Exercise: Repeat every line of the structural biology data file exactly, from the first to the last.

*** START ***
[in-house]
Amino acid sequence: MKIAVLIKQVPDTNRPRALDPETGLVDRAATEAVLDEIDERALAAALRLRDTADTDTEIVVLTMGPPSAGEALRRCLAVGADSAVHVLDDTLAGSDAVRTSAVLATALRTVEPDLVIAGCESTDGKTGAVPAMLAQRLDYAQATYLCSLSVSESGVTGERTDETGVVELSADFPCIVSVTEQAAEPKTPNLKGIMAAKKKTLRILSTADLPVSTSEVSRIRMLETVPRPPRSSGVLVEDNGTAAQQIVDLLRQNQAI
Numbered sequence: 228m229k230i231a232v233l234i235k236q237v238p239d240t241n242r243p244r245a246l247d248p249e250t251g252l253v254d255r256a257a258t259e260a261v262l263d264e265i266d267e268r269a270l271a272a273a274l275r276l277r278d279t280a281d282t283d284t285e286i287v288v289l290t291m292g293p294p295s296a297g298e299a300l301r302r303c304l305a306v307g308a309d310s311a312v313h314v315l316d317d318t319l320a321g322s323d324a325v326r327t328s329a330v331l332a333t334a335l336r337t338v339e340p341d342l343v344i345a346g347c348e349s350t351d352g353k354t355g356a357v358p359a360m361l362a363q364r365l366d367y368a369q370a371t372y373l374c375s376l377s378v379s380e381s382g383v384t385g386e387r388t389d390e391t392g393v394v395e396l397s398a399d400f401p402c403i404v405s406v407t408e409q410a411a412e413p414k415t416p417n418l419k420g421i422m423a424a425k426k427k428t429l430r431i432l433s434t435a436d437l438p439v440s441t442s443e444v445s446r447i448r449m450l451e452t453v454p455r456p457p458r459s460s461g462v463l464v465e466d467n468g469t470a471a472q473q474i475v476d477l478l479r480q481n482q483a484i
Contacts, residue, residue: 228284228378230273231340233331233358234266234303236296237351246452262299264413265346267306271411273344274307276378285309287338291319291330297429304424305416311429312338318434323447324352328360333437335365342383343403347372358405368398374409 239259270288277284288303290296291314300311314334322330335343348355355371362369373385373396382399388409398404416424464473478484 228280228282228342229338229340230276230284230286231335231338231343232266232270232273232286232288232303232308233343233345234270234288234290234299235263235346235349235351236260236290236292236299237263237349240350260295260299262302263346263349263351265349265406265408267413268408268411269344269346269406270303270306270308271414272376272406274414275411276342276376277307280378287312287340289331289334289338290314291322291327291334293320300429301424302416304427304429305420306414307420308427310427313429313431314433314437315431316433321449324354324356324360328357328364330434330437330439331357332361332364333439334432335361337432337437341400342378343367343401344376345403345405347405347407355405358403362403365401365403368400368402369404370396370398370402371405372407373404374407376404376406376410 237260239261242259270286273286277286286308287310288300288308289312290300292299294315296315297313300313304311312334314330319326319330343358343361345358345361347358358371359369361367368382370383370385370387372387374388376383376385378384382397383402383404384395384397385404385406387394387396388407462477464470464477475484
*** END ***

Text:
[in-house]
Amino acid sequence: MKIAVLIKQVPDTNRPRALDPETGLVDRAATEAVLDEIDERALAAALRLRDTADTDTEIVVLTMGPPSAGEALRRCLAVGADSAVHVLDDTLAGSDAVRTSAVLATALRTVEPDLVIAGCESTDGKTGAVPAMLAQRLDYAQATYLCSLSVSESGVTGERTDETGVVELSADFPCIVSVTEQAAEPKTPNLKGIMAAKKKTLRILSTADLPVSTSEVSRIRMLETVPRPPRSSGVLVEDNGTAAQQIVDLLRQNQAI
Numbered sequence: 228m229k230i231a232v233l234i235k236q237v238p239d240t241n242r243p244r245a246l247d248p249e250t251g252l253v254d255r256a257a258t259e260a261v262l263d264e265i266d267e268r269a270l271a272a273a274l275r276l277r278d279t280a281d282t283d284t285e286i287v288v289l290t291m292g293p294p295s296a297g298e299a300l301r302r303c304l305a306v307g308a309d310s311a312v313h314v315l316d317d318t319l320a321g322s323d324a325v326r327t328s329a330v331l332a333t334a335l336r337t338v339e340p341d342l343v344i345a346g347c348e349s350t351d352g353k354t355g356a357v358p359a360m361l362a363q364r365l366d367y368a369q370a371t372y373l374c375s376l377s378v379s380e381s382g383v384t385g386e387r388t389d390e391t392g393v394v395e396l397s398a399d400f401p402c403i404v405s406v407t408e409q410a411a412e413p414k415t416p417n418l419k420g421i422m423a424a425k426k427k428t429l430r431i432l433s434t435a436d437l438p439v440s441t442s443e444v445s446r447i448r449m450l451e452t453v454p455r456p457p458r459s460s461g462v463l464v465e466d467n468g469t470a471a472q473q474i475v476d477l478l479r480q481n482q483a484i
Contacts, residue, residue: 228284228378230273231340233331233358234266234303236296237351246452262299264413265346267306271411273344274307276378285309287338291319291330297429304424305416311429312338318434323447324352328360333437335365342383343403347372358405368398374409 239259270288277284288303290296291314300311314334322330335343348355355371362369373385373396382399388409398404416424464473478484 228280228282228342229338229340230276230284230286231335231338231343232266232270232273232286232288232303232308233343233345234270234288234290234299235263235346235349235351236260236290236292236299237263237349240350260295260299262302263346263349263351265349265406265408267413268408268411269344269346269406270303270306270308271414272376272406274414275411276342276376277307280378287312287340289331289334289338290314291322291327291334293320300429301424302416304427304429305420306414307420308427310427313429313431314433314437315431316433321449324354324356324360328357328364330434330437330439331357332361332364333439334432335361337432337437341400342378343367343401344376345403345405347405347407355405358403362403365401365403368400368402369404370396370398370402371405372407373404374407376404376406376410 237260239261242259270286273286277286286308287310288300288308289312290300292299294315296315297313300313304311312334314330319326319330343358343361345358345361347358358371359369361367368382370383370385370387372387374388376383376385378384382397383402383404384395384397385404385406387394387396388407462477464470464477475484